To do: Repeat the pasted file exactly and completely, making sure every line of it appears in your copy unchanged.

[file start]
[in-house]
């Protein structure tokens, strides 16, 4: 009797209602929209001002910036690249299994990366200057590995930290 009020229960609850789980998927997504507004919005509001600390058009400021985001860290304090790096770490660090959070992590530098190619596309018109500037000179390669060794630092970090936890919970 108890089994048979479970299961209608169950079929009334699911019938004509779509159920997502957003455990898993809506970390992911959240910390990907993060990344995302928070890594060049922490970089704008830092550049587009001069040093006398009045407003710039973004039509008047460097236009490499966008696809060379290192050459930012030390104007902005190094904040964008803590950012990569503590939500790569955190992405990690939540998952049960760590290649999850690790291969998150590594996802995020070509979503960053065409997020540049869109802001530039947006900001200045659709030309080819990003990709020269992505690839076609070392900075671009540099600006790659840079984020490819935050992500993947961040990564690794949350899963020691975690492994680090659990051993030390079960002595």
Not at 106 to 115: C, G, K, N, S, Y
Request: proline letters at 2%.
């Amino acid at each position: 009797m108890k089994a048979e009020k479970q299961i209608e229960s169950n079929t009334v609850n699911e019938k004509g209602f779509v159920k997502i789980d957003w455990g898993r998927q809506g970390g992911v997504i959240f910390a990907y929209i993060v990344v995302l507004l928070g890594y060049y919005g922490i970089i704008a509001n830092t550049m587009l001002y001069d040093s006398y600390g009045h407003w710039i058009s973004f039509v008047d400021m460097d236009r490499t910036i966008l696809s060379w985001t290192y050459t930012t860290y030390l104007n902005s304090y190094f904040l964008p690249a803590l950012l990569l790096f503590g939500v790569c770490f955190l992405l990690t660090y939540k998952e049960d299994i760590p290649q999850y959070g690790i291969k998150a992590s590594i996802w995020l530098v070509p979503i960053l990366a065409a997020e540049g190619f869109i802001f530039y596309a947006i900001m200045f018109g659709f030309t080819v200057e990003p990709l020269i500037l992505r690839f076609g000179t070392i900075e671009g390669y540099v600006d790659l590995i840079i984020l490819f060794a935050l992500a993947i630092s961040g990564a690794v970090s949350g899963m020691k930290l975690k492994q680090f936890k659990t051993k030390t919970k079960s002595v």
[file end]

[in-house]
């Protein structure tokens, strides 16, 4: 009797209602929209001002910036690249299994990366200057590995930290 009020229960609850789980998927997504507004919005509001600390058009400021985001860290304090790096770490660090959070992590530098190619596309018109500037000179390669060794630092970090936890919970 108890089994048979479970299961209608169950079929009334699911019938004509779509159920997502957003455990898993809506970390992911959240910390990907993060990344995302928070890594060049922490970089704008830092550049587009001069040093006398009045407003710039973004039509008047460097236009490499966008696809060379290192050459930012030390104007902005190094904040964008803590950012990569503590939500790569955190992405990690939540998952049960760590290649999850690790291969998150590594996802995020070509979503960053065409997020540049869109802001530039947006900001200045659709030309080819990003990709020269992505690839076609070392900075671009540099600006790659840079984020490819935050992500993947961040990564690794949350899963020691975690492994680090659990051993030390079960002595």
Not at 106 to 115: C, G, K, N, S, Y
Request: proline letters at 2%.
């Amino acid at each position: 009797m108890k089994a048979e009020k479970q299961i209608e229960s169950n079929t009334v609850n699911e019938k004509g209602f779509v159920k997502i789980d957003w455990g898993r998927q809506g970390g992911v997504i959240f910390a990907y929209i993060v990344v995302l507004l928070g890594y060049y919005g922490i970089i704008a509001n830092t550049m587009l001002y001069d040093s006398y600390g009045h407003w710039i058009s973004f039509v008047d400021m460097d236009r490499t910036i966008l696809s060379w985001t290192y050459t930012t860290y030390l104007n902005s304090y190094f904040l964008p690249a803590l950012l990569l790096f503590g939500v790569c770490f955190l992405l990690t660090y939540k998952e049960d299994i760590p290649q999850y959070g690790i291969k998150a992590s590594i996802w995020l530098v070509p979503i960053l990366a065409a997020e540049g190619f869109i802001f530039y596309a947006i900001m200045f018109g659709f030309t080819v200057e990003p990709l020269i500037l992505r690839f076609g000179t070392i900075e671009g390669y540099v600006d790659l590995i840079i984020l490819f060794a935050l992500a993947i630092s961040g990564a690794v970090s949350g899963m020691k930290l975690k492994q680090f936890k659990t051993k030390t919970k079960s002595v």